Appeals (ICA), Grindling filed a pro se pleading entitled
"Ex Parte Objection to Court Appointed Counsel,"
and later, a supplement to the opening brief. Neither the
opening brief nor Grindling's supplement to the opening
brief raised any points of error concerning the trial
court's acceptance of the evidentiary stipulation.
the ICA granted a motion by Kagiwada to remand the case to
the trial court for consideration of a motion to withdraw as
counsel. During the remand hearing, the trial court allowed
Kagiwada to withdraw from representing Grindling. The court
then entered into a discussion with Grindling regarding his
lack of counsel. Grindling stated that he wanted a lawyer but
expressed his frustration with his previous court-appointed
attorneys. This led to the following exchange:
THE COURT: All right. Well, what do you want to do about a
lawyer, you gonna represent yourself or what?
THE DEFENDANT: I want an attorney, but I don't want 
another one that does nothing, therefore I have no choice but
to represent myself.
THE COURT: That's-if you-
THE DEFENDANT: I am forced into it due [to] the fact that
these attorneys don't want to do anything.
THE COURT: . . . You know, we've had these discussions
several times about what a bad idea that is; you remember all
THE DEFENDANT: And yeah, and I agree with you. It is a bad
idea, but I am forced into it. . . .
THE COURT: I just want to know quite clearly that you-you
want to represent yourself. If that is what you want to do,
then that's fine. I just want to make sure that you are
clear about that.
THE DEFENDANT: Yeah. I-I-I-we are clear about that. Like I
said, I--I have no choice. . . .
trial court at this point determined Grindling had waived his
right to appointed counsel "based on [his] collective
behavior with [his] five previous counsel" and that he
would represent himself on appeal.
March 19, 2010, the ICA issued a Summary Disposition Order
(SDO) in which it determined that the trial court should have
held an evidentiary hearing to establish Grindling's
objections on the record to ascertain the bases for his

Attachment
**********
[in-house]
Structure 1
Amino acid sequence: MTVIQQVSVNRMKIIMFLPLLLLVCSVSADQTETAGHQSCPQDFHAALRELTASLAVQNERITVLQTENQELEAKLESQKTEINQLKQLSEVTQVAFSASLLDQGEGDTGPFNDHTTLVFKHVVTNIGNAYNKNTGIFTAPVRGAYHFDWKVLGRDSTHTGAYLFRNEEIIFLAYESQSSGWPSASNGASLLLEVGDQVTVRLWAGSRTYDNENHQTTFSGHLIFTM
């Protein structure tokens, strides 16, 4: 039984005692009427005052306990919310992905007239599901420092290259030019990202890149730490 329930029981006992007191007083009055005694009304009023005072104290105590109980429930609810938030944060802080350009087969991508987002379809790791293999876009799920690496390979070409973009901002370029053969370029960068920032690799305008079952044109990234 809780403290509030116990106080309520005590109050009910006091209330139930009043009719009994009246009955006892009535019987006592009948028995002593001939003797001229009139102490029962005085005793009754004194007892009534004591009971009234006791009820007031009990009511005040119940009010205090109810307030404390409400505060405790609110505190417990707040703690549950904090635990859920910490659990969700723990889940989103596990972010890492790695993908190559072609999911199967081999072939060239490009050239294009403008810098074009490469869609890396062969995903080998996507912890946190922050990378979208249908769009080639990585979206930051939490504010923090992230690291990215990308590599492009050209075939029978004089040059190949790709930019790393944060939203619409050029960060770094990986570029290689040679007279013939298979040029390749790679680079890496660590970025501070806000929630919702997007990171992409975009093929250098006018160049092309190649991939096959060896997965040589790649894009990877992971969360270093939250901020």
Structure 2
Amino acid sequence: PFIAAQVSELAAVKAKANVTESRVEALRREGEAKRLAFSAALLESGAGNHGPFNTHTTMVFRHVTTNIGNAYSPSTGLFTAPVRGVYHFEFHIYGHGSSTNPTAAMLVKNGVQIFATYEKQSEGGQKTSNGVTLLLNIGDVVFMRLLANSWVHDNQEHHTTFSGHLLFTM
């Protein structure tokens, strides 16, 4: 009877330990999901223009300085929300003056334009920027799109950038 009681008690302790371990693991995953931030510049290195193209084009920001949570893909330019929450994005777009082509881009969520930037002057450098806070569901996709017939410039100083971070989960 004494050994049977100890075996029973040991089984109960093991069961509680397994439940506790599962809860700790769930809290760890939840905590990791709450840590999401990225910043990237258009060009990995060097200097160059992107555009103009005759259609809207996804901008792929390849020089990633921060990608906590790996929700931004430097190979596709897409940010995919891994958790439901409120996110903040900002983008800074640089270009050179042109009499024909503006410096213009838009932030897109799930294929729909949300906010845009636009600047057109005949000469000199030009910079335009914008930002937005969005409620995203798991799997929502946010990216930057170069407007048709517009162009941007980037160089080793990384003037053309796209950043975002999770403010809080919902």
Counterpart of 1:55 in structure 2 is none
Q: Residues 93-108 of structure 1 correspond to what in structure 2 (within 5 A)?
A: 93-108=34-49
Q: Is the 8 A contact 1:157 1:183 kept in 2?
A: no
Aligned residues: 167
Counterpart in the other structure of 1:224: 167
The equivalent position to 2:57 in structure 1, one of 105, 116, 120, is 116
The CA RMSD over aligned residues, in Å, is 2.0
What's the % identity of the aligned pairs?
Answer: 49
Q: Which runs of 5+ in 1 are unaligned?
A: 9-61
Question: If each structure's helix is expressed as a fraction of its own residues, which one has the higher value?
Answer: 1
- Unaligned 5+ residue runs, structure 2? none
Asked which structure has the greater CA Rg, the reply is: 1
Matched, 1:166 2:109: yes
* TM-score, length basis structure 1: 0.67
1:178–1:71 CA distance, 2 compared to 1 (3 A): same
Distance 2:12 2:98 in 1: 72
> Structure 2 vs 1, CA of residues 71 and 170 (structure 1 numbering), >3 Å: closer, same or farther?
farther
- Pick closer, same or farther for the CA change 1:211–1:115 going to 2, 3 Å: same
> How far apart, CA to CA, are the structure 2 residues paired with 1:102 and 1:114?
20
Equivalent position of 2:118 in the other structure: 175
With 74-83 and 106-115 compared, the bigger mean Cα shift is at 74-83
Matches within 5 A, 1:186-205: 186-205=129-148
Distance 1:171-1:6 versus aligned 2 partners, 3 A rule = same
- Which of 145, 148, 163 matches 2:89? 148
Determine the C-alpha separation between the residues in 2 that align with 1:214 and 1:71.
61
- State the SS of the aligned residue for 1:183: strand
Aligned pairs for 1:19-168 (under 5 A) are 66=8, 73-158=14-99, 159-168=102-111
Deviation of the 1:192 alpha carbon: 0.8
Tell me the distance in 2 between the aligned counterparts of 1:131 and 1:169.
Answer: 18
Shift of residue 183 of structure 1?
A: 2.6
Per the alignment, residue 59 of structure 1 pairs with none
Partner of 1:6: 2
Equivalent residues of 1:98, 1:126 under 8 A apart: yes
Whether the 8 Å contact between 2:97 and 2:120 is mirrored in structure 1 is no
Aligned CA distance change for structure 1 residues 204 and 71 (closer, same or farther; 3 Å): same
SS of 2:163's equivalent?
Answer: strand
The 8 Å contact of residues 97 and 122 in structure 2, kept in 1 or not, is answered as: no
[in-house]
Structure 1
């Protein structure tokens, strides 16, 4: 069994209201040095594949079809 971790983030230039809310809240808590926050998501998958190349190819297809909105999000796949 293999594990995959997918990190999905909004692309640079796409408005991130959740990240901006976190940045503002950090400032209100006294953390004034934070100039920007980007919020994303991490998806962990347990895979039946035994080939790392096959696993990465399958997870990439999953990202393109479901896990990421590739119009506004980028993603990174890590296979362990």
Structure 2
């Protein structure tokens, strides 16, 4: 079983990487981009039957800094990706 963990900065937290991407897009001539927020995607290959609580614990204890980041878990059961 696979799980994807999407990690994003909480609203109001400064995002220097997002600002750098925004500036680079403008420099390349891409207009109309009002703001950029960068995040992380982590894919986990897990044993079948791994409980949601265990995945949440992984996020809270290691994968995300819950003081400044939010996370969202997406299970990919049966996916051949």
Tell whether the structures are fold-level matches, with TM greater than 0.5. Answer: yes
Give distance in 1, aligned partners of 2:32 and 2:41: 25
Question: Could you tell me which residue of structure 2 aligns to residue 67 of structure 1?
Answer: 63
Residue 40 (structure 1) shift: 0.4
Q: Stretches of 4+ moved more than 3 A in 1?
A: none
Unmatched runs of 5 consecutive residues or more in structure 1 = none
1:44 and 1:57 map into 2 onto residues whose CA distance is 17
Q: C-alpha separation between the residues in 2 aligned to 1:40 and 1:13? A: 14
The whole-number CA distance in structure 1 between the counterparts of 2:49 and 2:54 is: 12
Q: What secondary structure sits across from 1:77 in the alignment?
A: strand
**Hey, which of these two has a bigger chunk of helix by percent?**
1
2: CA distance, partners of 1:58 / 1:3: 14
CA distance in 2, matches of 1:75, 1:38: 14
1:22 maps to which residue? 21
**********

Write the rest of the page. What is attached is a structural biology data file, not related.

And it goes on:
request for replacement of Virtue as his trial
counsel. The ICA also concluded that although
Grindling moved to waive his right to counsel, "he
really wanted substitute counsel." The ICA found,
however, that these errors were harmless beyond a reasonable
doubt because Grindling was without counsel for only about
one week, approximately four months before trial began.
Accordingly, the ICA affirmed the judgment of conviction.
HRPP Rule 40 Proceedings
April 4, 2012, Grindling filed a "Petition to Vacate,
Set Aside, or Correct Judgment or to Release Petitioner From
Custody" (Petition) in the circuit court pursuant to
Hawai'i Rules of Penal Procedure (HRPP) Rule 40, alleging
that he had not been given access to correctional programs,
which resulted in his being denied parole. Grindling later
filed amendments to the Petition in May 2012, alleging eight
grounds. The circuit court issued an order, finding that
Grindling's Petition raised potentially colorable claims
that had not been waived or previously ruled upon with regard
to, inter alia, his assertions of ineffective
assistance of appellate counsel and denial of counsel on
2016, Grindling, now represented by counsel, filed a motion
to supplement the Petition, which the circuit court granted.
The supplemental ground asserted that Grindling's state
and federal constitutional rights to a fair trial were
violated when the circuit court, prior to accepting the
stipulation, failed to conduct an on-the-record colloquy with
him regarding his waiver of the right to proof of an element
of a charge. Grindling also contended that that his federal
and state constitutional rights to effective assistance of
trial and appellate counsel were violated by his trial
counsel's inaction and appellate counsel's failure to
raise the trial court's error on appeal.
response to the claims raised in the supplemental ground, the
State argued that Grindling waived these claims when he
represented himself pro se on direct appeal, engaged in
conduct that demonstrated his desire to reject counsel, and
failed to raise the issue in a separate HRPP Rule 40 petition
that he had filed ...